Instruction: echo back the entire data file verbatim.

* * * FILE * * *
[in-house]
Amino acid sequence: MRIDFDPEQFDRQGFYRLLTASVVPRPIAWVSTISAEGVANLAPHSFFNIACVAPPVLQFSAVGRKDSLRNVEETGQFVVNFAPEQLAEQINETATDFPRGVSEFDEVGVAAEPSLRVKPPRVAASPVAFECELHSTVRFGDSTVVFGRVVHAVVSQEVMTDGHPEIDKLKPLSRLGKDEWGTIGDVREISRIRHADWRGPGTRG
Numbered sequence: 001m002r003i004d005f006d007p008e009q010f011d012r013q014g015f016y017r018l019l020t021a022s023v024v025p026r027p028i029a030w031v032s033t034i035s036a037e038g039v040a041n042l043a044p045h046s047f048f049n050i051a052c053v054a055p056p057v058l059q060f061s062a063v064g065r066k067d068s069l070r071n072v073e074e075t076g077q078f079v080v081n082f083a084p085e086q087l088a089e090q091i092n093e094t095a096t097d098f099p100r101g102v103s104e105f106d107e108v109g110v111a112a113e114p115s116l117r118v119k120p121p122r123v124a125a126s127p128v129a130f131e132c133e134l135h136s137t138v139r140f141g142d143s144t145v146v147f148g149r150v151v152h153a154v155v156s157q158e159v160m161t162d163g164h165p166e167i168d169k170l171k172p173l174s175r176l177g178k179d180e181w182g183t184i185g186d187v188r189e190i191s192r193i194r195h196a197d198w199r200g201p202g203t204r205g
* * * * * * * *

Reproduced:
[in-house]
Amino acid sequence: MRIDFDPEQFDRQGFYRLLTASVVPRPIAWVSTISAEGVANLAPHSFFNIACVAPPVLQFSAVGRKDSLRNVEETGQFVVNFAPEQLAEQINETATDFPRGVSEFDEVGVAAEPSLRVKPPRVAASPVAFECELHSTVRFGDSTVVFGRVVHAVVSQEVMTDGHPEIDKLKPLSRLGKDEWGTIGDVREISRIRHADWRGPGTRG
Numbered sequence: 001m002r003i004d005f006d007p008e009q010f011d012r013q014g015f016y017r018l019l020t021a022s023v024v025p026r027p028i029a030w031v032s033t034i035s036a037e038g039v040a041n042l043a044p045h046s047f048f049n050i051a052c053v054a055p056p057v058l059q060f061s062a063v064g065r066k067d068s069l070r071n072v073e074e075t076g077q078f079v080v081n082f083a084p085e086q087l088a089e090q091i092n093e094t095a096t097d098f099p100r101g102v103s104e105f106d107e108v109g110v111a112a113e114p115s116l117r118v119k120p121p122r123v124a125a126s127p128v129a130f131e132c133e134l135h136s137t138v139r140f141g142d143s144t145v146v147f148g149r150v151v152h153a154v155v156s157q158e159v160m161t162d163g164h165p166e167i168d169k170l171k172p173l174s175r176l177g178k179d180e181w182g183t184i185g186d187v188r189e190i191s192r193i194r195h196a197d198w199r200g201p202g203t204r205g